I quickly realized that there was a reason people were talking about Kubernetes. And that it could be part of the solution to problems I was encountering. I decided to spend some time learning and experimenting. Then I presented what I learned to a small group of developers at work. More people than I expected showed up, and some of them began looking into it, as well.
The next year, I was invited to attend a multi-day intensive training with developers from another department because they knew it was an area of interest for me and because I had helped get others interested. By no stretch of the imagination could I have called myself an expert when I gave that first presentation. But I continued to learn. When I attended the training the next year, I found myself well situated to share actual experience with my colleagues and give folks someone to reach out to when the trainer was no longer around. Right or wrong, for some people in that small circle, I was now their local expert on Kubernetes.
Perhaps you expect me to conclude by telling you that I got a new job at a big tech firm that pays an unimaginable amount of money. Or that I built some impressive piece of software that you use every day. Or that you should now buy the wonderful products I sell.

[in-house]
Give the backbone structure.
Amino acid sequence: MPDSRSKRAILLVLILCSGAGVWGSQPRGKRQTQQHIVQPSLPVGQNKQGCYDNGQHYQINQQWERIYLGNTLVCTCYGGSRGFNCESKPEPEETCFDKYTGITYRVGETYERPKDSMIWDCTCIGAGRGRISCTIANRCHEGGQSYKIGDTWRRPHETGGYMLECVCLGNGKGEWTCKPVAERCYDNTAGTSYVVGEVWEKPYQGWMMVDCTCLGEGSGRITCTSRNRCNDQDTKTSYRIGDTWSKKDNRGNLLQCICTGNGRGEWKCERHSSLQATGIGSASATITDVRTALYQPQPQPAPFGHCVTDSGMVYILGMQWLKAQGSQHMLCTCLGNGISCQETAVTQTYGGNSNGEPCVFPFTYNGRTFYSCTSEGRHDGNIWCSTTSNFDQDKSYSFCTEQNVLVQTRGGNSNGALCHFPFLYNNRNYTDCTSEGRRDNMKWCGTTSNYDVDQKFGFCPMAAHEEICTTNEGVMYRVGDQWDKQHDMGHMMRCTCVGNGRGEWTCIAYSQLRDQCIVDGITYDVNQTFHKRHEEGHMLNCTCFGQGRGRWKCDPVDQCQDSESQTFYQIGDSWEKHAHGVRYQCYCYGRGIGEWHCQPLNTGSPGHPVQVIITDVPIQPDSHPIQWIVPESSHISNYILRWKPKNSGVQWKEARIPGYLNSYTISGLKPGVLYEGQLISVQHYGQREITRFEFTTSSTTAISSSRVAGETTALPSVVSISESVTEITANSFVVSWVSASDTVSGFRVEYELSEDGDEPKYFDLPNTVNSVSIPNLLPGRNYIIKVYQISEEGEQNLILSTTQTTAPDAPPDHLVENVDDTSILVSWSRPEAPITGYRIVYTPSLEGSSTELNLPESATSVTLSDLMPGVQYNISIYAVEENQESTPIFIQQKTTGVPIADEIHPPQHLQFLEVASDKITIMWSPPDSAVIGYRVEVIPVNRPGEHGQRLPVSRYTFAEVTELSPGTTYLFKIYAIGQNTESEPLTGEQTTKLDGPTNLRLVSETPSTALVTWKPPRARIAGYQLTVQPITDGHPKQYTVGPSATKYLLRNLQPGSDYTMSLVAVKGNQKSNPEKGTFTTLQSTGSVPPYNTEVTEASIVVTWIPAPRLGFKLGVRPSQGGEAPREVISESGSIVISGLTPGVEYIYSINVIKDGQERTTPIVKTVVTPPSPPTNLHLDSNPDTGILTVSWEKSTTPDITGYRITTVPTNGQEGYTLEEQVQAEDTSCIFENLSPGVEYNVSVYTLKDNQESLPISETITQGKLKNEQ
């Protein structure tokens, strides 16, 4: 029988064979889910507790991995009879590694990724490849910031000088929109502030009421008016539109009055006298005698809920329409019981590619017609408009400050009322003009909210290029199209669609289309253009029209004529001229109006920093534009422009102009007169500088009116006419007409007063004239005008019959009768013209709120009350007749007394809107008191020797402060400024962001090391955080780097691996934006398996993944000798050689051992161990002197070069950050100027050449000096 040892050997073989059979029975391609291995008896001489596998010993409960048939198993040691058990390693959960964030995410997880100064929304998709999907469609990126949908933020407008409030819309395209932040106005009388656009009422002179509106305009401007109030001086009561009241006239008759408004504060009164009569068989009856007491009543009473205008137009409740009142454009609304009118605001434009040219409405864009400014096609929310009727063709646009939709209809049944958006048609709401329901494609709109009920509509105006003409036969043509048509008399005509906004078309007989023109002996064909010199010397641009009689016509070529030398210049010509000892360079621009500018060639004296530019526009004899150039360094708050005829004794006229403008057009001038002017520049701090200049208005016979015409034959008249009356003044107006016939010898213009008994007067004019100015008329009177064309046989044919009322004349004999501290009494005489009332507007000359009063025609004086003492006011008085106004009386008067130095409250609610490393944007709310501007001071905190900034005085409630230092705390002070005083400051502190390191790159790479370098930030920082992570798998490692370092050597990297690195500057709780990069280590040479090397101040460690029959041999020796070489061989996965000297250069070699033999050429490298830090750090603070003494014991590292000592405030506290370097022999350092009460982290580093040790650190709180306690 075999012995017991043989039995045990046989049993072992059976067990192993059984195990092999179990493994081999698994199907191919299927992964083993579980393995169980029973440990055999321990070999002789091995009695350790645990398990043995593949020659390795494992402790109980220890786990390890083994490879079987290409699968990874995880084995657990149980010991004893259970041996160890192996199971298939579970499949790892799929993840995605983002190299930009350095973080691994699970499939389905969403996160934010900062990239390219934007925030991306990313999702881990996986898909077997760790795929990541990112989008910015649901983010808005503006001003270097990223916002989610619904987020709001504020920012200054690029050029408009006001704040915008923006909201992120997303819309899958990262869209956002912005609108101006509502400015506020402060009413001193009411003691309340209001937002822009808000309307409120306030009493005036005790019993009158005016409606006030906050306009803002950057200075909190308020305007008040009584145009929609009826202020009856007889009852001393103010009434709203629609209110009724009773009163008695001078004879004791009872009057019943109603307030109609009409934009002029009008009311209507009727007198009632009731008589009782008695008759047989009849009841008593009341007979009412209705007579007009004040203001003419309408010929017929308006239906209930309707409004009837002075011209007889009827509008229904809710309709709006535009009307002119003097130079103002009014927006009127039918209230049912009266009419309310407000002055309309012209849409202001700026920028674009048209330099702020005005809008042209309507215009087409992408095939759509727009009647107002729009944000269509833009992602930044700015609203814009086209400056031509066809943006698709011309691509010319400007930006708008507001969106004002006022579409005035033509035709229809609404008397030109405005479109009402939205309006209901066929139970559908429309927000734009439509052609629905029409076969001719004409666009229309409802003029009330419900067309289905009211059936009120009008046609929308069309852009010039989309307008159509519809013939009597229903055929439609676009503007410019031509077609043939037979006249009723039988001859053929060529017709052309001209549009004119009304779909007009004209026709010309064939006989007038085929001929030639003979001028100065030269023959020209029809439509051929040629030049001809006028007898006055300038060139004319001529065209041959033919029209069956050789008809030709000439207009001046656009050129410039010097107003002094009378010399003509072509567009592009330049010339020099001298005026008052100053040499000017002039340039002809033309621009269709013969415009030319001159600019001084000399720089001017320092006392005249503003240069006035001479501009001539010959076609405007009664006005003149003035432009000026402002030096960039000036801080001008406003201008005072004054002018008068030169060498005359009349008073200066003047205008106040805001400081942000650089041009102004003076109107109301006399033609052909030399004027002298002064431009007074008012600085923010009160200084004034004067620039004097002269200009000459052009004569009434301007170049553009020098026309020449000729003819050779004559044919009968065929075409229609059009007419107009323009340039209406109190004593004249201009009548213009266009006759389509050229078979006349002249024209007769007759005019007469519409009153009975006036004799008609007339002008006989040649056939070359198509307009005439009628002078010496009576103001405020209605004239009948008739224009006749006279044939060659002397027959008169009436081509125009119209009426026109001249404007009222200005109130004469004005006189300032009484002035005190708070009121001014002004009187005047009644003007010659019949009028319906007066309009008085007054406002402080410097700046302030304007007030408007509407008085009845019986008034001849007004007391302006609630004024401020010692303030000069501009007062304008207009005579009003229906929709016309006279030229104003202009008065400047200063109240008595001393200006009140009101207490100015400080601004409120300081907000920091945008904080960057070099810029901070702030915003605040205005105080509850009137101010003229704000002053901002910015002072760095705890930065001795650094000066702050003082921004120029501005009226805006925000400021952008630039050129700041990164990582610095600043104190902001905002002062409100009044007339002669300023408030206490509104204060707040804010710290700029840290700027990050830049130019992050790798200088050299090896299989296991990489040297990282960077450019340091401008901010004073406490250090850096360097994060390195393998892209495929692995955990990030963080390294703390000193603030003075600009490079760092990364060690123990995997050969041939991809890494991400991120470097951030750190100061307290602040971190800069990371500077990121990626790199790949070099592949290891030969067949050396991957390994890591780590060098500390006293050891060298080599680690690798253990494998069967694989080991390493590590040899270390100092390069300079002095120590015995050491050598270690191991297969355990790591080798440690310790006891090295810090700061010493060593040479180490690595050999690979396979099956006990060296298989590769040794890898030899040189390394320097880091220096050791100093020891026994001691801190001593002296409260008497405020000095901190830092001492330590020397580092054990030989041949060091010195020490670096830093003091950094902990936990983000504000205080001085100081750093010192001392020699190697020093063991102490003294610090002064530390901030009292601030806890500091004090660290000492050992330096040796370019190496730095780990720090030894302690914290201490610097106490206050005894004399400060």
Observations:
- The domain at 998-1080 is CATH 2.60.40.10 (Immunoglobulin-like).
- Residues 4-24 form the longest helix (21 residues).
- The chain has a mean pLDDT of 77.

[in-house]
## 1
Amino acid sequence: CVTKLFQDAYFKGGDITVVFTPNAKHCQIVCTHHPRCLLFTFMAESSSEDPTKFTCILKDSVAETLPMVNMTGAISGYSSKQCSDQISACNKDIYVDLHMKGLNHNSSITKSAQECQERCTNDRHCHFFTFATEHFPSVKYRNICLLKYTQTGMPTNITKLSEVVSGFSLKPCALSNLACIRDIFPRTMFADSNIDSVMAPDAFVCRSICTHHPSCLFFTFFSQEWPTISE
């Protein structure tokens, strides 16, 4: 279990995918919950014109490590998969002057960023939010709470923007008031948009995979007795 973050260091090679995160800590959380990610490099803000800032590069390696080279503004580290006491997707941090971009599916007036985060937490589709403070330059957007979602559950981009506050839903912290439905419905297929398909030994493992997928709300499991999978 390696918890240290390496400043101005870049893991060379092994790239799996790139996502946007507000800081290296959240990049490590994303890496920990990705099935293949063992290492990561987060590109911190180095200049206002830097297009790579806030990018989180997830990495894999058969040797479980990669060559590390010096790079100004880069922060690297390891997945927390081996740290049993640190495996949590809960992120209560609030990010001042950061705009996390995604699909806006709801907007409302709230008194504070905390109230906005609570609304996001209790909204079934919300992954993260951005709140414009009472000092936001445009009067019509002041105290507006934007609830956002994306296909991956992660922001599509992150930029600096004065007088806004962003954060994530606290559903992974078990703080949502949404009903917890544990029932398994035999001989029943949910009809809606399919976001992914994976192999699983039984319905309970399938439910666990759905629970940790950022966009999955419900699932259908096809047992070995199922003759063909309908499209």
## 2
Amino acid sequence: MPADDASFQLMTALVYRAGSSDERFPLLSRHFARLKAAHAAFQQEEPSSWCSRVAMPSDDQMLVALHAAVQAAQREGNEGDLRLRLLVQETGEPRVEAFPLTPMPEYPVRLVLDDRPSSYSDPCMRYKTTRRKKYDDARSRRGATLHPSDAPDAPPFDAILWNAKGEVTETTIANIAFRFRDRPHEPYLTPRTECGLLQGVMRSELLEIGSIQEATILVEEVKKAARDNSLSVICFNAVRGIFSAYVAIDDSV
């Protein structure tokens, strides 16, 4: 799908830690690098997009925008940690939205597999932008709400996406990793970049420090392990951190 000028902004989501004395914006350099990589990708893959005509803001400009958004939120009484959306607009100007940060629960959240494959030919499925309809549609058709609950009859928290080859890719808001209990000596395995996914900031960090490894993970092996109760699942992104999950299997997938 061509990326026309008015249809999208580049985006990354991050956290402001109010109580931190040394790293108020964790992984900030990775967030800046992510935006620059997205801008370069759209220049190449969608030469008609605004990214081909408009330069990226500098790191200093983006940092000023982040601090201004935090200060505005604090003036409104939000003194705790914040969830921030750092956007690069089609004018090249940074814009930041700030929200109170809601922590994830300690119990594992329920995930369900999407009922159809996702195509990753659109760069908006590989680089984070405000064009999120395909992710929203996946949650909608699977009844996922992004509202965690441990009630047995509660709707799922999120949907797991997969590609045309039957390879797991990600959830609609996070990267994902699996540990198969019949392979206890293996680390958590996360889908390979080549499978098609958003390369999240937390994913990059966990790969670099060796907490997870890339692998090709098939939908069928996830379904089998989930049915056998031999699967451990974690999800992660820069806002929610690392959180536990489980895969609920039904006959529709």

But none of that is true. I doubt that is how the story goes for most of us. Despite my competitive instincts, I do not find it especially meaningful to measure my success in dollars or GitHub stars. At this point in my career, I measure myself in learning and progress.
My story is that I planned to become a better software engineer. I wrote real code that is used in real applications, I found people who share my interests and communities where I feel I belong, and in some circles people now look to me as an expert on some topics. After two years, I am not a junior developer playing in a sandbox. I am a software engineer ready to rise to any challenge.
If you are also an ambitious developer who wants to tackle big problems and get better at what you do, what is your plan?